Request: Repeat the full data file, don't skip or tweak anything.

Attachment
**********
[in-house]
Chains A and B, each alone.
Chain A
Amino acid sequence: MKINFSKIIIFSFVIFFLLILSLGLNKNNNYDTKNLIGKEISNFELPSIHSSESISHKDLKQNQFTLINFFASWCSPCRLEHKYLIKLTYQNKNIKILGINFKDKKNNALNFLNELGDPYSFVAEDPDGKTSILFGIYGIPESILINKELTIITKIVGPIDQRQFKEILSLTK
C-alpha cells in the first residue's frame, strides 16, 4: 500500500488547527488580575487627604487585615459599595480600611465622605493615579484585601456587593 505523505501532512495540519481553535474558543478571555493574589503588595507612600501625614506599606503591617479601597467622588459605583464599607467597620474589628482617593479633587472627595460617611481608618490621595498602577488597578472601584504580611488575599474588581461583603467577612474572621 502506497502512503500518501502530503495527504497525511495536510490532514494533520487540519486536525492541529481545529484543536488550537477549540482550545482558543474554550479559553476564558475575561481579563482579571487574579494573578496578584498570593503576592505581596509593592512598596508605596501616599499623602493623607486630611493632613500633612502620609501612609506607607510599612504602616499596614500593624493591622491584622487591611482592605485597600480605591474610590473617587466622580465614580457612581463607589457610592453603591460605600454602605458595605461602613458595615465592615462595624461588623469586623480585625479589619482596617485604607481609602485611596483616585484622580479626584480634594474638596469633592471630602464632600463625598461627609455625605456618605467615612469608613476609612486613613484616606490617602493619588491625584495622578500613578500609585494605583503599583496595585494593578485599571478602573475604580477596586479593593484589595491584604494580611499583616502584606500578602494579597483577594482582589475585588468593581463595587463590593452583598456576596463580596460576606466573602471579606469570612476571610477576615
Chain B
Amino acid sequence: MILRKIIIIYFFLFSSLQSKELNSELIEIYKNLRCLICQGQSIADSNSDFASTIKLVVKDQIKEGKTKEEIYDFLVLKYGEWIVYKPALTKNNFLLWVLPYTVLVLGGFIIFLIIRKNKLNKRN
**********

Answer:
[in-house]
Chains A and B, each alone.
Chain A
Amino acid sequence: MKINFSKIIIFSFVIFFLLILSLGLNKNNNYDTKNLIGKEISNFELPSIHSSESISHKDLKQNQFTLINFFASWCSPCRLEHKYLIKLTYQNKNIKILGINFKDKKNNALNFLNELGDPYSFVAEDPDGKTSILFGIYGIPESILINKELTIITKIVGPIDQRQFKEILSLTK
C-alpha cells in the first residue's frame, strides 16, 4: 500500500488547527488580575487627604487585615459599595480600611465622605493615579484585601456587593 505523505501532512495540519481553535474558543478571555493574589503588595507612600501625614506599606503591617479601597467622588459605583464599607467597620474589628482617593479633587472627595460617611481608618490621595498602577488597578472601584504580611488575599474588581461583603467577612474572621 502506497502512503500518501502530503495527504497525511495536510490532514494533520487540519486536525492541529481545529484543536488550537477549540482550545482558543474554550479559553476564558475575561481579563482579571487574579494573578496578584498570593503576592505581596509593592512598596508605596501616599499623602493623607486630611493632613500633612502620609501612609506607607510599612504602616499596614500593624493591622491584622487591611482592605485597600480605591474610590473617587466622580465614580457612581463607589457610592453603591460605600454602605458595605461602613458595615465592615462595624461588623469586623480585625479589619482596617485604607481609602485611596483616585484622580479626584480634594474638596469633592471630602464632600463625598461627609455625605456618605467615612469608613476609612486613613484616606490617602493619588491625584495622578500613578500609585494605583503599583496595585494593578485599571478602573475604580477596586479593593484589595491584604494580611499583616502584606500578602494579597483577594482582589475585588468593581463595587463590593452583598456576596463580596460576606466573602471579606469570612476571610477576615
Chain B
Amino acid sequence: MILRKIIIIYFFLFSSLQSKELNSELIEIYKNLRCLICQGQSIADSNSDFASTIKLVVKDQIKEGKTKEEIYDFLVLKYGEWIVYKPALTKNNFLLWVLPYTVLVLGGFIIFLIIRKNKLNKRN